Remnick intuited this in the woman, and it impressed him; but he could not identify with it; and neither a fortiori could the young Russians at the time of the coup. They were fed to the teeth with hearing about the war and the glorious past, and gratitude was quite rightly the last thing they could afford to show; even, in their context, to feel or to know about. One of Remnick’s most brilliant but also in a curious way most alarming sketches is of Red Square on May Day 1990, when the anarchic young took over the festivities, and Gorbachev and his “enlightened” Politburo simply had to leave their saluting base on Lenin’s tomb. Despite his enthusiasm for the job they were doing, Remnick seems aware that most of the young people were in fact deeply irresponsible, as indifferent to future as to past.
The Bolshevik idea of history ignored this uncomfortable truth, like so many others. Len Karpinsky, a journalist friend of Remnick’s who had supported the Marxist theoretician Mikhail Suslov and applauded the fall of Khrushchev, understood very well the nature of anachronism, and how the heroic tanks of the war years became a wholly “inadequate weapon” in Czechoslovakia. “They ‘fired’ at—ideas. With no hope of hitting the target.” But Nina Andreyeva and her husband had no such intellectual qualms. For them the past was still going on, and as long as the Soviet Union had tanks and Stalin’s successors kept their nerve the system was bound to triumph, and show its “real capabilities.”
Nina Andreyeva was naturally delighted, in her self-possessed way, that her letter denouncing Shatrov’s play had made her such a celebrity. The editor had given her letter the title “I Cannot Forsake Principles”: an effective advertising slogan, if an ironical one. It suggested that Stalinism was somehow first and foremost a moral creed, which was being forsaken by the godless and unprincipled intelligentsia, in the same spirit in which new frivolities in the West might be denounced in the Bible belt. Nina Andreyeva of course dropped more than a hint to Remnick that intellectuals in Russia were mostly rootless Jewish cosmopolitans, and implied that Stalin in the war had helped to save the ungrateful Jews by defeating Hitler’s Germany. Otherwise they might all have been gobbled up. The look her colorless eyes gave him suggested that she thought that might have been no bad thing.
As we know, the Nina Andreyevas of the Soviet Union did not triumph, but at the same time it was a close thing, much closer than it seems today, after disintegration has become an accomplished fact. Nina Andreyeva might have become the Mrs. Thatcher of a new Soviet Union—who knows? Historically, “principles” have always meant a great deal to Russians, particularly to their intellectuals. The eighteenth-century thinker Chaadayev, in an unforgettable metaphor, compared a Russian with an idea to a man stretched helpless under a huge stone. Today the stone has been removed, and intellectuals are trying to learn how to do without ideas and principles, except negative ones.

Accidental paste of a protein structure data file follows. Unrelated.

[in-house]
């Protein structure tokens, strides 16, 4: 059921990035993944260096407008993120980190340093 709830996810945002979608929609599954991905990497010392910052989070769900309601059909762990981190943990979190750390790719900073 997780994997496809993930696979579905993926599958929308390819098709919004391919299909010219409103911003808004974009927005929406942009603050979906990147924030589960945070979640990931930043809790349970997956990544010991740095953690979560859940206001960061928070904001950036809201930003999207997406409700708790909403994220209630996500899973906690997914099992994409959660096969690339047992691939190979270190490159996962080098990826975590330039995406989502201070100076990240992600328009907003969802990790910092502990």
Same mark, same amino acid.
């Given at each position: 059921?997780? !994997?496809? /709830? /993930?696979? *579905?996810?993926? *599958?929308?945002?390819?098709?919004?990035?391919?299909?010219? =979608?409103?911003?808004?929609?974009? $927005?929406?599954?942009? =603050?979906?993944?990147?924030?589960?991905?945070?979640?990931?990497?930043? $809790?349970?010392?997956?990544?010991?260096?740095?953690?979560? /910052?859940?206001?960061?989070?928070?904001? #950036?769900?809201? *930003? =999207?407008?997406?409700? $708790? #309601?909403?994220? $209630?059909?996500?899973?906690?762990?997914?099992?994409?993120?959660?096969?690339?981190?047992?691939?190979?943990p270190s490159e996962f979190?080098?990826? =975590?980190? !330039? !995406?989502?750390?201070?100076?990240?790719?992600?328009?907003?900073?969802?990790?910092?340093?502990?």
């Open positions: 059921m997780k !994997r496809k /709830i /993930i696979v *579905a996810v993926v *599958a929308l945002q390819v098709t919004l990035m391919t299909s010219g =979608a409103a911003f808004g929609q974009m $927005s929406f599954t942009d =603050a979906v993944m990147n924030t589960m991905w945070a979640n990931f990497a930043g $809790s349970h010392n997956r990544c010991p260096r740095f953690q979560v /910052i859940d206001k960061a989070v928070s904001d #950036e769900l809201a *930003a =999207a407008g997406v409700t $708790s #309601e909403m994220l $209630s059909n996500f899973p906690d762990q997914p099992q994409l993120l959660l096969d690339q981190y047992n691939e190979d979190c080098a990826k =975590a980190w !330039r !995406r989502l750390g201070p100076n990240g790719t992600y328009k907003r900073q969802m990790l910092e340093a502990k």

When taking part in the award of a literary prize in Moscow last autumn I was struck by the almost prudish lack of interest in politics displayed by the prizeworthy novels on the short list, and by the writers and journalists I encountered. Anything even remotely political in tone—for instance a novel by Makanin called Manhole, with strong overtones of Orwell—was finally given a cold shoulder by the judges. Obscenity, privacy, family problems, Nabokovian artifice, were all in: anything to do with politics was definitely out. Would Nina Andreyeva have shaken her head even more disapprovingly than she had at Shatrov’s play, which made Lenin the first man of glasnost? Or would she simply have been bewildered?
Remnick visited Magadan, on the coast of Eastern Siberia, whose appalling conditions made even the czars forbid the dispatch of convicts there, but where Stalin’s NKVD had set up a network of Gulags. Few ever came back. Among those who did was Varlaam Shalamov, whose Kolyma Tales long circulated in samizdat. Solzhenitsyn wanted Shalamov to help him with his great camp investigation, but the storyteller was too worn out and sick, old before his time. In his compulsively vivid survey of its last days, and of the multifarious individuals and histories that once made up the Soviet Union, Remnick never forgets the sense of loss, of waste, and of horror which the great experiment in creating Homo Sovieticus brought with it. People, fortunately, continue to be enormously various, and their politics both resourceful and forgetful. But writers and poets did not forget. Remnick quotes Anna Akhmatova’s poem Requiem, which commemorates the time she stood outside the prison gates in Leningrad during the Great Terror, trying to catch a glimpse of her son. “An inconsolable young shade is seeking me.”
That shade still remains inconsolable, although in the last years of the regime quacks and faith healers abounded, like the egregious Kashpirovsky, who exploited the new video revolution and television’s “global village.” For Remnick, who attended one of his shows, Kashpirovsky was “a mix of spooky New Age and Beatlemania.” And he too lost his public when the Soviet Union collapsed.
August 12, 1993